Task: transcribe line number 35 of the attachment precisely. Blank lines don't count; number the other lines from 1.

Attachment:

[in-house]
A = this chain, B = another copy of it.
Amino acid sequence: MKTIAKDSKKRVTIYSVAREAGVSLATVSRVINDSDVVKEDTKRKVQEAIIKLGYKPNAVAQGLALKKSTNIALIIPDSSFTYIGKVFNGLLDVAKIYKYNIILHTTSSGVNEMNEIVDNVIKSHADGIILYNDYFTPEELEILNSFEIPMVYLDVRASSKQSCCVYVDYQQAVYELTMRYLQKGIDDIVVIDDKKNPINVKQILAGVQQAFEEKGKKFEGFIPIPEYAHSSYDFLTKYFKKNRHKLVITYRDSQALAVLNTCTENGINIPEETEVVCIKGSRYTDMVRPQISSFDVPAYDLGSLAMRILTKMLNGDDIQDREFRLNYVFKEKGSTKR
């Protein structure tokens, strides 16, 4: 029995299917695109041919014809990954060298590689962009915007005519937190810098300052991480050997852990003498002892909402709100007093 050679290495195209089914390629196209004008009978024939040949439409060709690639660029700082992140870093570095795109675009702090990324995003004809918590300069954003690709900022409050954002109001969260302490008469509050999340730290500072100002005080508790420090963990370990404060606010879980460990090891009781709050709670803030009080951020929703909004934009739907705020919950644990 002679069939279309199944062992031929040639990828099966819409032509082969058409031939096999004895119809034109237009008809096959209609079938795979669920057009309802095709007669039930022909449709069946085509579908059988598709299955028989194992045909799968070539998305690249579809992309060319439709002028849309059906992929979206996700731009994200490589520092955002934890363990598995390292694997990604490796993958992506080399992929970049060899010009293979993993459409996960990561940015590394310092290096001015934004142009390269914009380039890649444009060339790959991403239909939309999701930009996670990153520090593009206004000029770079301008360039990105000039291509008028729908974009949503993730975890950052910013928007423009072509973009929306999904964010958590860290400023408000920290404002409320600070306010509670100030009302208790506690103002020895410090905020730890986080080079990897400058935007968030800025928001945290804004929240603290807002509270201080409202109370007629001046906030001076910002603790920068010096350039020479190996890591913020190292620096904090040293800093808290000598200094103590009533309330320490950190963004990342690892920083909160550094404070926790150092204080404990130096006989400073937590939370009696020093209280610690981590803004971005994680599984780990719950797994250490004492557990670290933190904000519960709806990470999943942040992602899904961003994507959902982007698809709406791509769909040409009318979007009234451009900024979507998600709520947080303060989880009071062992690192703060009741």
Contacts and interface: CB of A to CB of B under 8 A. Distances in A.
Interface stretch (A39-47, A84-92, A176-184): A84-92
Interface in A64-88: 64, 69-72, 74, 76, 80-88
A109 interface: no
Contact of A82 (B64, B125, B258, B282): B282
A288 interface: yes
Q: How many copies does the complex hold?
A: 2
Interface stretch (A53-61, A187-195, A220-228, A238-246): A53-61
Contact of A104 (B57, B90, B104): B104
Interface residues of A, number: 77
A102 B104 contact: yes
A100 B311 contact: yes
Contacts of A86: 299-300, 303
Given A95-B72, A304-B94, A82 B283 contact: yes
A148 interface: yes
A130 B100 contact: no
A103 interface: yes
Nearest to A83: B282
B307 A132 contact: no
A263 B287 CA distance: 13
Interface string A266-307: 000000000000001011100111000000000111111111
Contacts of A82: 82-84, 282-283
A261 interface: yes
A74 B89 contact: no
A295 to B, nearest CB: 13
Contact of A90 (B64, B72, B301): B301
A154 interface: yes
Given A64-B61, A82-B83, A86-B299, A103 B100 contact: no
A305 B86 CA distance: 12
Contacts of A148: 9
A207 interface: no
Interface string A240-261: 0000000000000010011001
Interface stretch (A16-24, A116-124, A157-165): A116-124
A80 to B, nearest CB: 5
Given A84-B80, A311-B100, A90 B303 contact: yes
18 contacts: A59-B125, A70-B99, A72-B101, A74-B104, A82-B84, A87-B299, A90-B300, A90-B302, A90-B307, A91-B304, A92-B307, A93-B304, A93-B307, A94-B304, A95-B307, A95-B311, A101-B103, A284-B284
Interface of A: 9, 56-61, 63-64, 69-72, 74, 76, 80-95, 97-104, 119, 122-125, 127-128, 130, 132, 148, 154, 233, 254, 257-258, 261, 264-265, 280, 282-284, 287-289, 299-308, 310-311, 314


Contacts of A148: 9